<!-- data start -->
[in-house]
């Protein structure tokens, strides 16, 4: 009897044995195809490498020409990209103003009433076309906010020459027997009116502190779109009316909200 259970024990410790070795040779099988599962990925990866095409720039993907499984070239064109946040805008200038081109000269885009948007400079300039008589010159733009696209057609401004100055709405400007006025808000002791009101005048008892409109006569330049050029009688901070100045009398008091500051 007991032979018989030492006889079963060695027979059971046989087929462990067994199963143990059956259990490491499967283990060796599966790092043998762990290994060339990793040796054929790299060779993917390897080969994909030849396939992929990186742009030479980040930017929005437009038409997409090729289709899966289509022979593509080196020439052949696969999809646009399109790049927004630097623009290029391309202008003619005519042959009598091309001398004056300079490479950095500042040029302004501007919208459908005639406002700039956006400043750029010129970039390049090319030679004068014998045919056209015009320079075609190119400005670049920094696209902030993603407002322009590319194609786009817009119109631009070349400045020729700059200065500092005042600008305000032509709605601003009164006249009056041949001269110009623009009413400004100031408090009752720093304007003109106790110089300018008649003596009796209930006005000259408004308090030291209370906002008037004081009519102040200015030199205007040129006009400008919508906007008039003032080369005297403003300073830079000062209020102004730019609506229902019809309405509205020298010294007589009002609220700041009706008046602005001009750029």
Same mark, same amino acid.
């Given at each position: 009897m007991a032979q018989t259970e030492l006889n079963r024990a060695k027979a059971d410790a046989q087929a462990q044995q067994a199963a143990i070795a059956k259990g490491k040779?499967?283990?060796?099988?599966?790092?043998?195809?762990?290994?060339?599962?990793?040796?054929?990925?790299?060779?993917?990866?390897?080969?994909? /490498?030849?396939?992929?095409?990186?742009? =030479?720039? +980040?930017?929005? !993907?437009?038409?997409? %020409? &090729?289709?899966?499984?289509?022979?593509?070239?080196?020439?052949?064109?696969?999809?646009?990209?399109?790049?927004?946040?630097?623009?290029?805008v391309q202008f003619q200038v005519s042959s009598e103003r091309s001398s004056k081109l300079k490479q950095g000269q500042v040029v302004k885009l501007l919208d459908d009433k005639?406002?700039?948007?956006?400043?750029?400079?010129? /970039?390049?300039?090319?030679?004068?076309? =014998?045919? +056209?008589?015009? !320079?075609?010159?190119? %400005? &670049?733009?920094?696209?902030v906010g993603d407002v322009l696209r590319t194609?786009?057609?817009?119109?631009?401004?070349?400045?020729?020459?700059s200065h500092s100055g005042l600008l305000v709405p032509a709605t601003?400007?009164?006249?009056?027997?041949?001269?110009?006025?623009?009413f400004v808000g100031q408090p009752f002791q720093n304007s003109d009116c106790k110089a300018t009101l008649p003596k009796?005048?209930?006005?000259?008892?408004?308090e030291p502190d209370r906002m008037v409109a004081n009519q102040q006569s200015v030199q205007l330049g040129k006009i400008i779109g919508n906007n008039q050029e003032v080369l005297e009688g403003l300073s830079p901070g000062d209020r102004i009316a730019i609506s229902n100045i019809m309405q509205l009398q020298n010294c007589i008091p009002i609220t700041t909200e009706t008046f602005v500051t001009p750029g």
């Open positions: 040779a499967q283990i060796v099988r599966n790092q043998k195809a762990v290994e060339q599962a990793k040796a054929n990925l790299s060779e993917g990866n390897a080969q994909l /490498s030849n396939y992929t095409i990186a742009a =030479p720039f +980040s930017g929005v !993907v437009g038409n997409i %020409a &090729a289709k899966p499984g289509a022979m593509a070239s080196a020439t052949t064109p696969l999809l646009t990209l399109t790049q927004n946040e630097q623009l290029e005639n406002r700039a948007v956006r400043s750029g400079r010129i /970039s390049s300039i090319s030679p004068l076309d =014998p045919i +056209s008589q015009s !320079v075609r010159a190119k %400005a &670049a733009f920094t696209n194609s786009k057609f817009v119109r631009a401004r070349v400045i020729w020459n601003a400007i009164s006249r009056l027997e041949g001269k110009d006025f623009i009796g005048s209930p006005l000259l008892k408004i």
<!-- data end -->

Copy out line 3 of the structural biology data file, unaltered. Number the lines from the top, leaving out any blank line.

Same mark, same amino acid.